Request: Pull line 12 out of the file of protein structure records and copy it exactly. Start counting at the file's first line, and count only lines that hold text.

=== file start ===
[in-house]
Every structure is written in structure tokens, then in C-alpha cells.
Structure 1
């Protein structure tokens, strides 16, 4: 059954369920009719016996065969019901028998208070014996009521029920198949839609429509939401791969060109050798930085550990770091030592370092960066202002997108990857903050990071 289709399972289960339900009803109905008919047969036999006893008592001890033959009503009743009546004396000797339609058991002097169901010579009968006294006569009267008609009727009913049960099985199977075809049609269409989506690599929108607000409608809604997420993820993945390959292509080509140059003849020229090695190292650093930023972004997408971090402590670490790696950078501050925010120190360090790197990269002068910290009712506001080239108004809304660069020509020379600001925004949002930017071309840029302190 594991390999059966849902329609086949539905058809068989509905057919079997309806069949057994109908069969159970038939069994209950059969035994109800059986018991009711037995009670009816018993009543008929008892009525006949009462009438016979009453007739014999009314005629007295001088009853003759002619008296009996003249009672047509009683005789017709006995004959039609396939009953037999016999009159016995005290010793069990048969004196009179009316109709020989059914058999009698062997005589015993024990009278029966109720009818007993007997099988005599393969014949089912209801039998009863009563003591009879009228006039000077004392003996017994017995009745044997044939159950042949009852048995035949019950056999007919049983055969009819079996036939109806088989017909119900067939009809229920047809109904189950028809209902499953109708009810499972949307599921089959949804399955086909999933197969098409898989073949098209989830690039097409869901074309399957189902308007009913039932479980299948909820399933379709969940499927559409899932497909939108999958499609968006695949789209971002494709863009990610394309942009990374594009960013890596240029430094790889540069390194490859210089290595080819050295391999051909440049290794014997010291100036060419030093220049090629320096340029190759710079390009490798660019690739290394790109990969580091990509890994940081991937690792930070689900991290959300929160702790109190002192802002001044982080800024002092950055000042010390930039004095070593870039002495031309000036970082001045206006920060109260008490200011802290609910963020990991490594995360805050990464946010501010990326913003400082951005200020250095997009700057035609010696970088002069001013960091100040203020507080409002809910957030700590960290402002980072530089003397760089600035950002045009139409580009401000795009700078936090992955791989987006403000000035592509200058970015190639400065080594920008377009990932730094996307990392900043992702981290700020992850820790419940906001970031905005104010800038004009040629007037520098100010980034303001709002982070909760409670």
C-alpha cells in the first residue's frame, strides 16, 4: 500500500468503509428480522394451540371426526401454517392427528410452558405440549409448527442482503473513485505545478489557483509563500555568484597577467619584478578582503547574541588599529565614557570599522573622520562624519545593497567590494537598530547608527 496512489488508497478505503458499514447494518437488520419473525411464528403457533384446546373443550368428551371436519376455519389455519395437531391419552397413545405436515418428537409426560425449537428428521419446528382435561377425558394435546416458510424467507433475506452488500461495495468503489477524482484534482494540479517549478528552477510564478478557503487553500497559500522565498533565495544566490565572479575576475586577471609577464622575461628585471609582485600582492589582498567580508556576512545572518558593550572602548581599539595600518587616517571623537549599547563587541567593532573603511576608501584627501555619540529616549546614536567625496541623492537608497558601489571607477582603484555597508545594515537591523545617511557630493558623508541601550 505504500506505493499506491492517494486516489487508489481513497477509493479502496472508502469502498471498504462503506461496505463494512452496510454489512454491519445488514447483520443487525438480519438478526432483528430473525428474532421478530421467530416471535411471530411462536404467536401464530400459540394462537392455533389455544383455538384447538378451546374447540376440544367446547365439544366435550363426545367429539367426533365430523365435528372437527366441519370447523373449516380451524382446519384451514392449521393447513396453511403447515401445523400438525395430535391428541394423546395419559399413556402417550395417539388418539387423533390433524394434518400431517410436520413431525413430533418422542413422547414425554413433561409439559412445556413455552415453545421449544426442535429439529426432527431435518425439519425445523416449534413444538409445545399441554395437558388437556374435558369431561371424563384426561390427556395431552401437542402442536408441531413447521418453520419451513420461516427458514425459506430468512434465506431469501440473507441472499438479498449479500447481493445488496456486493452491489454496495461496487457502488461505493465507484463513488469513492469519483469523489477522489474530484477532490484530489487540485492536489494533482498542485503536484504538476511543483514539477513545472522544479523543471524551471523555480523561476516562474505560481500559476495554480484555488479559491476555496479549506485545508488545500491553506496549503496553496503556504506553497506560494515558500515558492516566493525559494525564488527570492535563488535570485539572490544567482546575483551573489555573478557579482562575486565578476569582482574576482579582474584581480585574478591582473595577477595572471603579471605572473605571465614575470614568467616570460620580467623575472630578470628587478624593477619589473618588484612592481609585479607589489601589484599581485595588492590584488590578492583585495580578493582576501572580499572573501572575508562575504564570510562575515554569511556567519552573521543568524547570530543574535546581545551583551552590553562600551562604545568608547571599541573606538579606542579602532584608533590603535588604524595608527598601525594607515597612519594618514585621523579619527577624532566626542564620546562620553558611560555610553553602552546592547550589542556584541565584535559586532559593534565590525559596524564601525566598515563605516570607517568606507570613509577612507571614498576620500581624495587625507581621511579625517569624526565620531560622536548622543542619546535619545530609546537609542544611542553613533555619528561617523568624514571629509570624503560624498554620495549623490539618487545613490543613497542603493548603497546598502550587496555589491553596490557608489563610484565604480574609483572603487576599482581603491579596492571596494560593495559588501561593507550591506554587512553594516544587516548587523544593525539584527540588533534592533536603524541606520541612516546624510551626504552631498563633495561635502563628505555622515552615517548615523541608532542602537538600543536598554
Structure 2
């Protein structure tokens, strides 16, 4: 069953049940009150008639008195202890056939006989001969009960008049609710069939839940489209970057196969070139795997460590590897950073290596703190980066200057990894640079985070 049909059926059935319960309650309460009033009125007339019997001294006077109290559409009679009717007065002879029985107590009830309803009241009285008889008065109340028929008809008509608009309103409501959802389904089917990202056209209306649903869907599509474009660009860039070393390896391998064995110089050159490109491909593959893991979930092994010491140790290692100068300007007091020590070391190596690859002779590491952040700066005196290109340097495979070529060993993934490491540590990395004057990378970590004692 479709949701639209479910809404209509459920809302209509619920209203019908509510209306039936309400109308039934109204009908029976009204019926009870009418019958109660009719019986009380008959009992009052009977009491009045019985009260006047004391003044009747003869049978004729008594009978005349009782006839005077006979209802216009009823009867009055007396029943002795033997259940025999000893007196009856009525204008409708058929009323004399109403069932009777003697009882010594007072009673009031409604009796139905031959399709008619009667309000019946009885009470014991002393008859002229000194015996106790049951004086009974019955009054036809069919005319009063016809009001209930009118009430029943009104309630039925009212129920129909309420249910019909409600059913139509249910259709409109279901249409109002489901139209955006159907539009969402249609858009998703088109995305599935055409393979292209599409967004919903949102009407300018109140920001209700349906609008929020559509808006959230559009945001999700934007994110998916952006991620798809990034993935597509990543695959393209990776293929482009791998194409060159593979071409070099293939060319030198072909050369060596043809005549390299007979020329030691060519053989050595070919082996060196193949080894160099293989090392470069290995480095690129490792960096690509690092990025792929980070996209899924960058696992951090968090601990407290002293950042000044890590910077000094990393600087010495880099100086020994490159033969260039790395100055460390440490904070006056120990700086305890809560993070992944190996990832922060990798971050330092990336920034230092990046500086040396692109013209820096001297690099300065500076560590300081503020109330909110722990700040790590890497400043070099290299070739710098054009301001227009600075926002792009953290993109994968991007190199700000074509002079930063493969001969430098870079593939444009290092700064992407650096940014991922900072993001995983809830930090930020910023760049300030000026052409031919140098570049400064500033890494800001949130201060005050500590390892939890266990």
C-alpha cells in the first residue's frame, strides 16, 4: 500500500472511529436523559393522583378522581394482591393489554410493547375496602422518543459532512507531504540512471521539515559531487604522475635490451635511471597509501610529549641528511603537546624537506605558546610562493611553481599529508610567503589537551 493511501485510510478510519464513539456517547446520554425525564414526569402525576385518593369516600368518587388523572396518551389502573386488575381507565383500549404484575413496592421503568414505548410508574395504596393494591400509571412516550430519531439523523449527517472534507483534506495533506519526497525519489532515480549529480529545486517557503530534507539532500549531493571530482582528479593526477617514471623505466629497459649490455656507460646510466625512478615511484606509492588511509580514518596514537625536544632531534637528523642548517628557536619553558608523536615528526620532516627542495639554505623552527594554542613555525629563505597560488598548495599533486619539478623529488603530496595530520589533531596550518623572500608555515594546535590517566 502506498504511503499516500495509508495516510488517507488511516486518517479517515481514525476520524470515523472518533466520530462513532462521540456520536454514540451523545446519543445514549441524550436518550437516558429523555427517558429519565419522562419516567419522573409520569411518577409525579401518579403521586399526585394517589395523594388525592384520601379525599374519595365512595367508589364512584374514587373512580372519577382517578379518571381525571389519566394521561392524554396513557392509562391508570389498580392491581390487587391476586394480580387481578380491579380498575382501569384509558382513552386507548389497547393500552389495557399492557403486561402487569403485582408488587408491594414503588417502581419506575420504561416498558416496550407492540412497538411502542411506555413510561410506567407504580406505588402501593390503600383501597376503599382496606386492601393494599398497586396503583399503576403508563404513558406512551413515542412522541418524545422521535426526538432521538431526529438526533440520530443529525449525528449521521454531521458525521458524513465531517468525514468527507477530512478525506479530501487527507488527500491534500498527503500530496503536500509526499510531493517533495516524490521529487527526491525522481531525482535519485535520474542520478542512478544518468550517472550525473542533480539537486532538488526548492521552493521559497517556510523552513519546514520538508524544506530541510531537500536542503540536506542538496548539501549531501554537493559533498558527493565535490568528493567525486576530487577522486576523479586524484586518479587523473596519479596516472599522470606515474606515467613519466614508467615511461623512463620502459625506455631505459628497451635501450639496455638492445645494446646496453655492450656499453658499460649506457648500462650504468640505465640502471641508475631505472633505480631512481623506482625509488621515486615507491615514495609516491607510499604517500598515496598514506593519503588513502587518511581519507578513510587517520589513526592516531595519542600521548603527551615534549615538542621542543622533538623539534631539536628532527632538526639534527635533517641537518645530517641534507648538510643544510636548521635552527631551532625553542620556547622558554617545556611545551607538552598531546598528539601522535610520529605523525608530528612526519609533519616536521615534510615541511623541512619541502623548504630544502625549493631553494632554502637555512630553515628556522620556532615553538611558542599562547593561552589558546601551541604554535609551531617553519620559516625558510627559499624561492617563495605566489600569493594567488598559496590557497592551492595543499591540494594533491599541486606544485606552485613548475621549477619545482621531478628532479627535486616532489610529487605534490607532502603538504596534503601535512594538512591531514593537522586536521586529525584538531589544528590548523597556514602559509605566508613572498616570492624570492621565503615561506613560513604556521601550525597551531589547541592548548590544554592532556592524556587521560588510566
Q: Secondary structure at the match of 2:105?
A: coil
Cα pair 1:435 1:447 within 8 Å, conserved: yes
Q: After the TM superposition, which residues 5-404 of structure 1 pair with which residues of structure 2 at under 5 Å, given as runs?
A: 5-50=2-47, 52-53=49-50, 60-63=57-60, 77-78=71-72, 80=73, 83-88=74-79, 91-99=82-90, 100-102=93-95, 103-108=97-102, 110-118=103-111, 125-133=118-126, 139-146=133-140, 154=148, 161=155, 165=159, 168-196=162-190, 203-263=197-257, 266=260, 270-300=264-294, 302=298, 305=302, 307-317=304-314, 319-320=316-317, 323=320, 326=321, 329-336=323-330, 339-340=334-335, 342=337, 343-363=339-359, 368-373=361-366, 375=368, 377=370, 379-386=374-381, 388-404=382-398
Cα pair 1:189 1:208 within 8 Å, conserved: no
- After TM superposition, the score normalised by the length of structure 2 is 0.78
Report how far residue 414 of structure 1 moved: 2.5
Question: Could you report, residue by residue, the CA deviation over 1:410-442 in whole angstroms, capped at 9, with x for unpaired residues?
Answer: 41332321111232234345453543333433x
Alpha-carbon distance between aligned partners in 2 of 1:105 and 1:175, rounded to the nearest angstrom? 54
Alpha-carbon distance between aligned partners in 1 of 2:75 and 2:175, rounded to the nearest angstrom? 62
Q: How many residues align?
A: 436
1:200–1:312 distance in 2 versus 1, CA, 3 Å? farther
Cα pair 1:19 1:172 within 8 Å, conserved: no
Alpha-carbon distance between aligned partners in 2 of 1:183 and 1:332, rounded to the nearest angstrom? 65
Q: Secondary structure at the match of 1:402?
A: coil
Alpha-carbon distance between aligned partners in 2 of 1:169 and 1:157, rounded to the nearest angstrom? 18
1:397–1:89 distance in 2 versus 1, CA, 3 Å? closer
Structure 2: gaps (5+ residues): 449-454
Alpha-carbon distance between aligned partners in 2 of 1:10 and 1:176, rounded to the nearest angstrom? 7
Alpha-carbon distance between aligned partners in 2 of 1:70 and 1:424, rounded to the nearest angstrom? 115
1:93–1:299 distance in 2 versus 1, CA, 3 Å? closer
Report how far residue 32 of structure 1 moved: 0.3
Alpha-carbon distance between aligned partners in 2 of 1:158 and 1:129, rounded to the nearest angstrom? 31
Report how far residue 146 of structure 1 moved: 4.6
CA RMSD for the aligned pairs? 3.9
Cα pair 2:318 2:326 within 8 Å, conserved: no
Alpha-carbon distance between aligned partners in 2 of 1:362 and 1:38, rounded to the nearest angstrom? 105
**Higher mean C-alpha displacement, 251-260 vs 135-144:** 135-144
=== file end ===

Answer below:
Q: After the TM superposition, which residues 5-404 of structure 1 pair with which residues of structure 2 at under 5 Å, given as runs?